Here is the story of last year:
In 2021, I moved into my own apartment, fell in love, fell out of it, was hospitalized, restarted hemodialysis, shaved my hair, testified before congress, visited my grandparents, had my surf trip canceled, learned how to surf, made new friends, reconnected with old ones, adopted Jojo, started a poetry program at the Los Angeles County Museum of Art, became a contributor for Mahogany.com, discovered yellow is my color, was incredibly suicidal, worked with the best medical team, watched too many shows, cried too many nights, ordered too much takeout. I stayed close to my chosen family. I tried. I stayed.
I was a mess. That’s the thing about growth, it is uncomfortable. It is uncomfortable to believe you are worthy of love after heartbreak. It is uncomfortable to look in a mirror and name your beauty without a hint of doubt in your voice. Last year was a crash course in self-love. It was an alarm clock of awareness — the notification to put myself first, to say if I opened my eyes and took the first breath, I won.
But what is self-love? How does it show up?
When I was younger, I knew it like a best friend. I was unashamed, untamed, unapologetic, but something happened. Someone said I was less than, and I kept it as truth. Someone stole my wild, and I became a quiet rage. Someone abandoned me, and I have yet to feel safe alone.
I have called myself the ugliest names while holding myself close. I have minimized to fit anywhere that would call me home.
Sometimes I think the lupus is a result of all this unhealed hurt — being left when I was a child, not knowing who my father is, the sexual assaults, the disease. All of it one big reason to choose myself, to search for my freedom, to figure out how to love this woman I am becoming — this little girl who deserves more laughter.
So, what does self-love look like when no one is watching? When you’re born into a sad story? When the world is a sad story? When there is chronic illness and untouched trauma? When you are addicted to the feeling of someone who will stay?
My friend Matt once wrote: “I don’t believe you need to love yourself first before loving others. I think you just need to love first and learn to include yourself.” This year I want to learn how to include myself. That is my liberation. That is why I am here, and I will hold onto that.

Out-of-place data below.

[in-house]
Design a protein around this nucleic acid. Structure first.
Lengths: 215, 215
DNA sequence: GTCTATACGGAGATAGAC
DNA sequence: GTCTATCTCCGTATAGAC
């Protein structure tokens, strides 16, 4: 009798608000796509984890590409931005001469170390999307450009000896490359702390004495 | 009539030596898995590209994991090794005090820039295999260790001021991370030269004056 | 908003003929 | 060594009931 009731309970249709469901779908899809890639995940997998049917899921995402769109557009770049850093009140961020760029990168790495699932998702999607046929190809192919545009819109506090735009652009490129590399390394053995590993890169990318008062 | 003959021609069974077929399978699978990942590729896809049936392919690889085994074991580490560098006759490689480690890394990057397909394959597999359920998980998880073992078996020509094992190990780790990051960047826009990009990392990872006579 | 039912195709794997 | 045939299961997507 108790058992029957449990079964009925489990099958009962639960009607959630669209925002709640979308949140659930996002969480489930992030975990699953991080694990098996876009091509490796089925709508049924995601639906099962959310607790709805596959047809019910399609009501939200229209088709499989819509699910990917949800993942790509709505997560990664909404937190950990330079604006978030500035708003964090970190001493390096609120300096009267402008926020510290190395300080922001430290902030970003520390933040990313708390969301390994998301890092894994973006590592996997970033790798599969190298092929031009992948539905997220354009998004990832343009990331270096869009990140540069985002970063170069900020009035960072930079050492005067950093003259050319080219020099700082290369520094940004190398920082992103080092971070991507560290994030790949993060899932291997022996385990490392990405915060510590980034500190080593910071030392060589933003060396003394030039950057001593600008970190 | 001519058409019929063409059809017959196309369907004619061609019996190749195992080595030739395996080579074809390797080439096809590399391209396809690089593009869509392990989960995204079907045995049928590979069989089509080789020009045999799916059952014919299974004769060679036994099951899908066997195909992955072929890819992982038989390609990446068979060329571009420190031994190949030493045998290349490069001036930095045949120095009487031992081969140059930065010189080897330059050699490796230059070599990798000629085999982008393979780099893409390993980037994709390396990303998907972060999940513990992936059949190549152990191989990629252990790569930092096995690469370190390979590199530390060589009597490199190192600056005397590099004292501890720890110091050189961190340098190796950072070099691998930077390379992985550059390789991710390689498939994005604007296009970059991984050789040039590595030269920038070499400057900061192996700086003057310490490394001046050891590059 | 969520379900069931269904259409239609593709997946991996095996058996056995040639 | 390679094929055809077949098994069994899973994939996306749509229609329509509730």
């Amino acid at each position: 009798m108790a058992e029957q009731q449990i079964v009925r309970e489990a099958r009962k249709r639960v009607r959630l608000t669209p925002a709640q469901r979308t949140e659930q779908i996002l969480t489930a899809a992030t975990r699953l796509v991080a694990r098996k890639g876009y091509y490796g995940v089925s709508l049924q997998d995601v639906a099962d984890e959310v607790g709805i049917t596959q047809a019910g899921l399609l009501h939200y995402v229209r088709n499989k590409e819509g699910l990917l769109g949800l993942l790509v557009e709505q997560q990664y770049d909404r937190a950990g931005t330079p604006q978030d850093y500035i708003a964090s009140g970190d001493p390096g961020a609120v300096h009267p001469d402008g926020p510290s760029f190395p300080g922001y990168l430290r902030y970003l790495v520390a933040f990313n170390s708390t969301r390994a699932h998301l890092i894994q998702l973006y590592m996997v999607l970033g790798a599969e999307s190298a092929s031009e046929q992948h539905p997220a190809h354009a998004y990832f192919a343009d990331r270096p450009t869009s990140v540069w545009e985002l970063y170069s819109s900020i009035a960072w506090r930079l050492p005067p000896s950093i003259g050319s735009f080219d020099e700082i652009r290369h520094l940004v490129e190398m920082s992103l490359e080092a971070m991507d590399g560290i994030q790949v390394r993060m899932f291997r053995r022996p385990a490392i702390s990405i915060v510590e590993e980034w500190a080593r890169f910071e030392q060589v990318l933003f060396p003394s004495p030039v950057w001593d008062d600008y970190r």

My favorite place in the world is on a swing set. It is the closest thing to flight — to being above the ground, to silliness, to play, to freedom. In 2022, I want freedom. I hope to laugh, keep going, start a podcast, finish the book, be okay with not finishing the book, be okay with saying no, rest without guilt, call my father, get a TV show produced, twerk a little more, play The Sims a little more, be kinder to my body, be a good friend, get closer to a kidney transplant, date Andrew Garfield, do the best I can with what I got.
As we enter 2022, I hope you rest and reflect. I hope you rearrange and renew. Last year was many things and you made it through. Be kind to yourself. Be easy on your heart. Who knows what’s around the corner?
Here’s to us doing the best we can — to us staying in bed or completing that task or falling in love or choosing to be single. Here’s to the plant parents, the barely-got-anything-in-the-bank, the winter surfers, the Netflix marathoners, the keep-going, the self-lovers.
Take it in. The mess of being alive and human and figuring it out. Here’s to another year in the books, another chapter being written. I see us. I love us. I am so, so damn proud of us.